Maybe she’s been disturbed by the sight of the fetal models or videos of life in the womb, or maybe just the name of your group has set her off. Maybe a comment you made about how abortion can have serious long-term medical consequences upset her. Whatever the immediate cause, this is the test. How quickly can you open that big old pro-life heart of yours?

As you already know, there is no “enemy” in front of you, only another victim. See her as the young mother who because of her own fragility and risky behavior found herself prey to abortion providers who saw only a dollar sign over her head, not the life inside her.

Gather yourself and your wits and say “thank you” for her honesty. Yes, thank you! Tell her that you are sorry that she has been down that road but that you are grateful that she was willing to tell you what she truly feels about her experiences.

She is a human being too, and what she thinks does matter a great deal. You need to make it very clear you care about this woman before you. To you she is not just a figure in a national debate but a hurting human being who is reaching out for help.

Be aware that one of the most significant features of PAS is the need to deny and rationalize what’s been done to our children and to ourselves. The sight of your posters or models may shatter long-held but shaky defenses in her heart.

A word of caution: Never allow yourself to be drawn into an argument. You will not win this one! PAS is so strong a drive that many women simply cannot hear the wisdom you would share. It may just be too soon for real change, but you can plant seeds.

Calmly tell your angry “opponent” that you are deeply sorry that she felt that her only option was to have an abortion. Focus only on the woman at such a moment. She is an inward-looking, hurting person right now. Concentrate on her.

Is it OK to gently ask questions? Yes. Ask her how long ago it all happened. Ask her if she had been on her own at the time, or did she feel overwhelmed or pressured by anybody? How has she been doing since then?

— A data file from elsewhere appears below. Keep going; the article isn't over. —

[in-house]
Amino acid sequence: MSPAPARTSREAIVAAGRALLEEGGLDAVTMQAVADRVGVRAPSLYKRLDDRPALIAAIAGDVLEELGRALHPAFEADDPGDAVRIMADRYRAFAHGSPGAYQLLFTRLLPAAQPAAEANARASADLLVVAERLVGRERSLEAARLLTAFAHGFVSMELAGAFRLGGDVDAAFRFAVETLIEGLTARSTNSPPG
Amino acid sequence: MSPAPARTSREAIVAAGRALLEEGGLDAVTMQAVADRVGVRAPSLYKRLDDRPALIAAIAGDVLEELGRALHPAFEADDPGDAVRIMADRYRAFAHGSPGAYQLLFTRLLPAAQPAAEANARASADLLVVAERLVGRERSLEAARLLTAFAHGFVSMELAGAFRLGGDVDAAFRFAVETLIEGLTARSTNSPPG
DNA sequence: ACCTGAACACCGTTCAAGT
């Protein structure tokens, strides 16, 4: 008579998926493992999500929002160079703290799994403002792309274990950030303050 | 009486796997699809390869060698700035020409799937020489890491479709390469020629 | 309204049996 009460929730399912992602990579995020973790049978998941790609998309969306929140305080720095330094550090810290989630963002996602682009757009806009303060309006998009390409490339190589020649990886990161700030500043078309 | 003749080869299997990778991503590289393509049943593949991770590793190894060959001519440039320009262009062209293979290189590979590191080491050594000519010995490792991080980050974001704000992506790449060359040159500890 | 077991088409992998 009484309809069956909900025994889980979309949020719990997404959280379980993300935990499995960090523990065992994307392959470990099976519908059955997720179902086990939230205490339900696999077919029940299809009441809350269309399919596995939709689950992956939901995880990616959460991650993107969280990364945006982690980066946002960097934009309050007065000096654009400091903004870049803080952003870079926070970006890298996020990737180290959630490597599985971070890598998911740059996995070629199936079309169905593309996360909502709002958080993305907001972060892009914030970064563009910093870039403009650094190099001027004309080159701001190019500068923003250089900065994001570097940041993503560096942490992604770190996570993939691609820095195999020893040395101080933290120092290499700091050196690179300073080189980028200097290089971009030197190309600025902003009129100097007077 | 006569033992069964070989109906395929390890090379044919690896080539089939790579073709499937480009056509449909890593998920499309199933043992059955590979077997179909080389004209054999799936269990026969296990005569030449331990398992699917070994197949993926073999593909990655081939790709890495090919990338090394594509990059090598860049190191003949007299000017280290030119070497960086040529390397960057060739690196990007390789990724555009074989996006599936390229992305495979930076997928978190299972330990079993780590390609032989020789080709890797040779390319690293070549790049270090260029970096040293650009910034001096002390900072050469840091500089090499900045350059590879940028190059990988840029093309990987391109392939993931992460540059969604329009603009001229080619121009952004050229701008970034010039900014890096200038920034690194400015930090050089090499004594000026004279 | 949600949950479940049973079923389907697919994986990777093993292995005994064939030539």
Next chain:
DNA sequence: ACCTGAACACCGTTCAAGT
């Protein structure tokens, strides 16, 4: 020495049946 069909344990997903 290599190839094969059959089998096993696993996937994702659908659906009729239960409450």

Don’t pry but find out who she is. And be sure you listen carefully to the answers.

Let your discussion become a person-to-person moment. Help her to understand that you see her as a human being, not an abstraction. After all, this whole issue is about saving each individual. For these few moments you are helping to save one of those lost lives. Remember each abortion destroys not one, but two lives.

Then remind her that there are many women with similar experiences. Tell her that you know that many women are filled with remorse and stress following their abortion and that their needs must be recognized too. Offer her PAS information or a phone number she can use if she ever wants to.

Tell her that you hope that she never comes to suffer any of the difficulties that some women do, but that if she does she can always come to your group to find help. Perhaps the most important thing to always say is, “I’m sorry. How can I help?”

If you do no more than break a few stereotypes about pro-lifers you will have opened an important door. She may not go through it for a while longer yet, but you’ve unlocked it.

How? By opening your heart and hearing her cry for help!